This comes to a thundering close when the Parks go out for a night of camping. The Kims take the opportunity to enjoy the run of their mansion, enjoying bourgeois luxury and fitting right into it. It becomes clear that what the Kims really dream of is not getting their fair share from the rich but becoming the rich, of having their beautiful houses and soft sheets and private drivers — a dream that lurks in more of our hearts than we would perhaps like to admit.
Things get turned on their head when the old housekeeper Gook Moon-gwang returns in the middle of the night, her old implacable professionalism replaced by homeless-lady mania. It emerges that there’s a bomb shelter hidden beneath the house, without the Parks even knowing, and that her husband Geun-Rok has been living there for years, with her quietly taking food down to them. Moon-Gwang beseeches the Kims to maintain this arrangement, to help support those even lower than them. (There’s a geographic metaphor here, with the Kims’ semi-basement apartment now established as the midpoint between the world of wealth and those even further underground.)
The Kims now find themselves in the position of the comfortable middle class, asked to provide support to those below them, and they balk. Then Moon-Gwang discovers their deception, and the stakes change again. She and her husband now take up a position of comfort in the upper manor, blackmailing the Kims into entertaining them.
This twist highlights an uncomfortable reality for many of us fighting for class inequality: no matter where we are, there are those far below us, whether it be the homeless people we see on the streets or the sweatshop workers who supply our cheap goods. (That the Gooks’ family name is one used as a racial slur by Westerners against Asian people may not be coincidental here.)What would it mean to extend not just theoretical but material solidarity to them, instead of focusing on domestic politics and local struggles? Would we find ourselves in the position of the Kims, finding reasons not to compromise our relatively-higher stations?
In 1984, the book-within-a-book allegedly written by rebel leader Emmet Goldsmith proposes a class system in which the poor seek equality through revolutions, and the middle class uses this opportunity to switch places with the rich. Bong’s vision is even more pessimistic like this: even the underground pair become tyrants once they get a smidgen of power. Geun-Rok imitates a news anchor from North Korea, the ultimate subaltern and tyrannical state. In Parasite it is not just wealth, but also the desire for wealth, or even the knowledge of not having it, that produces moral corruption.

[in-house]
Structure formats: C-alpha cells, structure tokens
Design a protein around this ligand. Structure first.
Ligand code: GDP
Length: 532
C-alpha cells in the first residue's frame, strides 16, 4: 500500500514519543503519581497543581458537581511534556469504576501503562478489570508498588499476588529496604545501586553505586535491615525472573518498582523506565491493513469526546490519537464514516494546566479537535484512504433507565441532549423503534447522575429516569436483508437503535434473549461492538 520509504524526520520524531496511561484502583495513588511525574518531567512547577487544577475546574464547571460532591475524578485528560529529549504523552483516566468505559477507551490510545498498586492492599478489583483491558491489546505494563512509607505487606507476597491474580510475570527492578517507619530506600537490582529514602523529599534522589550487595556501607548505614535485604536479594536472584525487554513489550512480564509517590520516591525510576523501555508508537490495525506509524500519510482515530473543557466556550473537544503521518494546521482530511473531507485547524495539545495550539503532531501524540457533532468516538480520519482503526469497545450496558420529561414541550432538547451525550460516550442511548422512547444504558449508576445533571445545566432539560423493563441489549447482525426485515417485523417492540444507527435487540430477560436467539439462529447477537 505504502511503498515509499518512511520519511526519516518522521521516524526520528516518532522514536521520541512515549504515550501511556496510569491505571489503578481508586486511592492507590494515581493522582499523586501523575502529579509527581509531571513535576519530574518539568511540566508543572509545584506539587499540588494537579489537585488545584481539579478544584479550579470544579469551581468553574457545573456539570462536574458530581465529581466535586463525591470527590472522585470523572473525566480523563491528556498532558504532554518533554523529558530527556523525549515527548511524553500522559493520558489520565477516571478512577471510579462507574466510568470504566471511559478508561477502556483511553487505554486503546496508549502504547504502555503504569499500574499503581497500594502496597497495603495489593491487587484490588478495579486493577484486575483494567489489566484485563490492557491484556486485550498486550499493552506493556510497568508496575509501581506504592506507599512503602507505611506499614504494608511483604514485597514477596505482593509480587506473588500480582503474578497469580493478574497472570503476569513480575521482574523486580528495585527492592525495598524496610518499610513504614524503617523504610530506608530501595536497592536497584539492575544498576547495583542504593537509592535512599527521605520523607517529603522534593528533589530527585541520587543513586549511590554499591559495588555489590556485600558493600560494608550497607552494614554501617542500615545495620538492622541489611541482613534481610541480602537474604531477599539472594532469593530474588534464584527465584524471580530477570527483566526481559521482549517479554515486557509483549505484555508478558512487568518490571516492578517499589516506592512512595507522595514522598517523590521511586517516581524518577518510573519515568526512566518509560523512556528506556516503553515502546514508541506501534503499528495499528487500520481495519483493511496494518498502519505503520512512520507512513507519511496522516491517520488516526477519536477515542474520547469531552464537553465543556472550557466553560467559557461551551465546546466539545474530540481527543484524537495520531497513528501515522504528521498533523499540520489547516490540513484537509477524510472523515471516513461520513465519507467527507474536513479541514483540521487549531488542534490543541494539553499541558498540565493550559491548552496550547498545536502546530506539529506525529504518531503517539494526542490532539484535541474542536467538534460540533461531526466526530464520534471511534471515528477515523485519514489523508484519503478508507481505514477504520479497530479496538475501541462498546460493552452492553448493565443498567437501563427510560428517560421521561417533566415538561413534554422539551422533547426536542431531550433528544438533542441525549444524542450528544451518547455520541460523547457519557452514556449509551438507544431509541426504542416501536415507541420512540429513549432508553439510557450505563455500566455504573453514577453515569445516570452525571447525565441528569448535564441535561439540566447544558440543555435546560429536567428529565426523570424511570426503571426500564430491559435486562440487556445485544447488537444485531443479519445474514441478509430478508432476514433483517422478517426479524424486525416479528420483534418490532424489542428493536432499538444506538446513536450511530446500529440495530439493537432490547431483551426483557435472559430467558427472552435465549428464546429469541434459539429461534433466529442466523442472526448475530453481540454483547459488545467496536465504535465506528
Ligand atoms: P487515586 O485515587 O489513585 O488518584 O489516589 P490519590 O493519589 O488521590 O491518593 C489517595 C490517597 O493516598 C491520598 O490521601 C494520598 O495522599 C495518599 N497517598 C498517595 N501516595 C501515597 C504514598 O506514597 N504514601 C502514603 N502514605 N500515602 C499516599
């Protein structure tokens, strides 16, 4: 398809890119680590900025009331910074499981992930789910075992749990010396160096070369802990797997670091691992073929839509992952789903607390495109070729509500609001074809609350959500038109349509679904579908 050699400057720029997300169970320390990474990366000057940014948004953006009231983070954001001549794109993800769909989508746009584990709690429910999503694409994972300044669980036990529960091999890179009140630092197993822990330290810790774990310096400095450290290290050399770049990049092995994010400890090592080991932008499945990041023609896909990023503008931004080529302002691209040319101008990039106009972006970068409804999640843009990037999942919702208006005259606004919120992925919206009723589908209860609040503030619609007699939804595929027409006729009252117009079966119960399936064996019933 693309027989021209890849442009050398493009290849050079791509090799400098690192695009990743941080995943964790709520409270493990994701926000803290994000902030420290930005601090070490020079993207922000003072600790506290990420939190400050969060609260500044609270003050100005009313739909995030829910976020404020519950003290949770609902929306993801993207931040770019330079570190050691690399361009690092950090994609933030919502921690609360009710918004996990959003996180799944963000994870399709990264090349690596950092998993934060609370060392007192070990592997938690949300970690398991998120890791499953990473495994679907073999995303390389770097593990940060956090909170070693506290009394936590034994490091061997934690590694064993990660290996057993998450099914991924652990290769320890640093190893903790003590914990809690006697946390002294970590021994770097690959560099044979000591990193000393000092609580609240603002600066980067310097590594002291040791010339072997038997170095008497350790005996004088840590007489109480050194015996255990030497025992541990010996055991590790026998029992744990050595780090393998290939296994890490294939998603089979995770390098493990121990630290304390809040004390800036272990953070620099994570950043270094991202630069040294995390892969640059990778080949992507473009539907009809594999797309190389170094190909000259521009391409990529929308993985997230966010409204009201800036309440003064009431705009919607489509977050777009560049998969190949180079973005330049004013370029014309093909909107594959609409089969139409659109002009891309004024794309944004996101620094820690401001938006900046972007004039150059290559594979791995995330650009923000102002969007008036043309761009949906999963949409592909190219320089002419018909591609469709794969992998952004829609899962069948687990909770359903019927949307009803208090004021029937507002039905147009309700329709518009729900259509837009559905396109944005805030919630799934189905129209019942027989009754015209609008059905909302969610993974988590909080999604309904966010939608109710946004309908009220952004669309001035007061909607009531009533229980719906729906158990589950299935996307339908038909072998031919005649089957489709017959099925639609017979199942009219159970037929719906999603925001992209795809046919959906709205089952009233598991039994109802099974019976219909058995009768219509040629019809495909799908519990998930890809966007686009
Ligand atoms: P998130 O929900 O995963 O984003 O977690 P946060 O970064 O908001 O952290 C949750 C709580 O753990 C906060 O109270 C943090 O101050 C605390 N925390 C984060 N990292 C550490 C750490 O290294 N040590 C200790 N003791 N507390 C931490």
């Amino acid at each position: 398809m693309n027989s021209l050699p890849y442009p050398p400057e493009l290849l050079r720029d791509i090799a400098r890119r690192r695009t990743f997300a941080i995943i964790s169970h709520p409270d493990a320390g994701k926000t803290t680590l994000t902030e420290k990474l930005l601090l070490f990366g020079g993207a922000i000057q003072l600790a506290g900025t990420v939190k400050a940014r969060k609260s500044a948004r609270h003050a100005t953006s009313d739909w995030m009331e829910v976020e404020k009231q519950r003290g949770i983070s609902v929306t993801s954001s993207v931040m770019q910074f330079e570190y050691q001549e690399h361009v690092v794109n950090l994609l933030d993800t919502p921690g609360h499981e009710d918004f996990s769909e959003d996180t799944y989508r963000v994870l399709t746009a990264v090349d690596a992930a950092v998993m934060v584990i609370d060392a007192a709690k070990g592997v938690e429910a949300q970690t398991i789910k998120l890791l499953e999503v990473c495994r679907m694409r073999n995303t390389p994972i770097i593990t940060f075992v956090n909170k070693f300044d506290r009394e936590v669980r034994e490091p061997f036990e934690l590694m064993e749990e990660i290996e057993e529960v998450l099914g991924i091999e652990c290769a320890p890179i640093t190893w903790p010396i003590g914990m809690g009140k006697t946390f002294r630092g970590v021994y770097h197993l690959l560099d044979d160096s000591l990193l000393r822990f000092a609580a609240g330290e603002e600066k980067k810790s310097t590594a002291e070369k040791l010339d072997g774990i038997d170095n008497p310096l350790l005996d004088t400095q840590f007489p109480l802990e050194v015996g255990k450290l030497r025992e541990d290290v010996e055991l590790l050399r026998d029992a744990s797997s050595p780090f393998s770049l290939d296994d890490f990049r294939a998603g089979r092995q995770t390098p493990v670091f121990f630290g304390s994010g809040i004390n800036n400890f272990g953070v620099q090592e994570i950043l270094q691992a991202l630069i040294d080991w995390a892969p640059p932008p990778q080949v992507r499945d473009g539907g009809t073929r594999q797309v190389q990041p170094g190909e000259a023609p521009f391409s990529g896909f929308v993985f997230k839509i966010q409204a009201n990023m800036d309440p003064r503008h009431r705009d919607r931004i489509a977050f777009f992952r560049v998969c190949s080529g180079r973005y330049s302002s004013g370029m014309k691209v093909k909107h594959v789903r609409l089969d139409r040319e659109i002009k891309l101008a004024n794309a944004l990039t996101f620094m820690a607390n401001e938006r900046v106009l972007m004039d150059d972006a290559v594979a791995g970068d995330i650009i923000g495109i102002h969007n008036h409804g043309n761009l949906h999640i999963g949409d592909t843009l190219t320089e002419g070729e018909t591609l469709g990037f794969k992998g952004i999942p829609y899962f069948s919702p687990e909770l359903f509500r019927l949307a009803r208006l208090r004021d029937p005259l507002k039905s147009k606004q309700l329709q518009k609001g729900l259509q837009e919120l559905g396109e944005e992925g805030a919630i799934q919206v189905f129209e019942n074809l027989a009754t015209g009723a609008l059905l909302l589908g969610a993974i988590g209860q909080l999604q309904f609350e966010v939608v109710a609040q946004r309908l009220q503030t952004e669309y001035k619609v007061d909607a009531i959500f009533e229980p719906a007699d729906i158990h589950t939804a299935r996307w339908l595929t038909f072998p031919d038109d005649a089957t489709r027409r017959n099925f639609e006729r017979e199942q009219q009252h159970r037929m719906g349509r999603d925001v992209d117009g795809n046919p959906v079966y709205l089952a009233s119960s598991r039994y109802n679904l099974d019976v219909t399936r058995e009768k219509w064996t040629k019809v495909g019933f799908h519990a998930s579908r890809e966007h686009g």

What follows is a tour-de-force of black comedy, as the Kims try to hide their own existence as well as that of the Gooks from the returning Parks. In the process, Moon-Gwang is killed, reflecting the indifference with which the Kims have learned to treat other people.
Parasite concludes, as a good Marxist would have it, with Geun-Rok, the most oppressed and unfortunate, enacting violent revolution in a rich pleasure garden — “the lower depths rise with a vengeance”, as the New York Times review is entitled. But his target is not the well-off Parks, who he worships, but rather the middle-class Kims. We can compare Geun-Rok here to the working-class and destitute people who support right-wing populists around the globe, desperately attached to a social order in which they were always near the bottom. Thus Bong reveals a pessimistic, but eerily familiar, concept of class struggle, in which different segments of the underclass destroy each other while the rich live oblivious above the clouds.
One can, at a stretch, make this narrative fit the socialist monomyth: “If only the Kims and Gooks put their differences aside and targeted the real enemy...” But such an approach ignores the fundamental tensions and contradictions which make Parasite such a unique and striking film, turning it into mere agitprop. Instead, I think we would be better served by focusing on, and reckoning with, the way Bong reveals the ways in which the concept of class struggle becomes entangled with our own self-interest and vanity.
Or, in other words: By all means, eat the rich, but don’t be surprised if you get indigestion.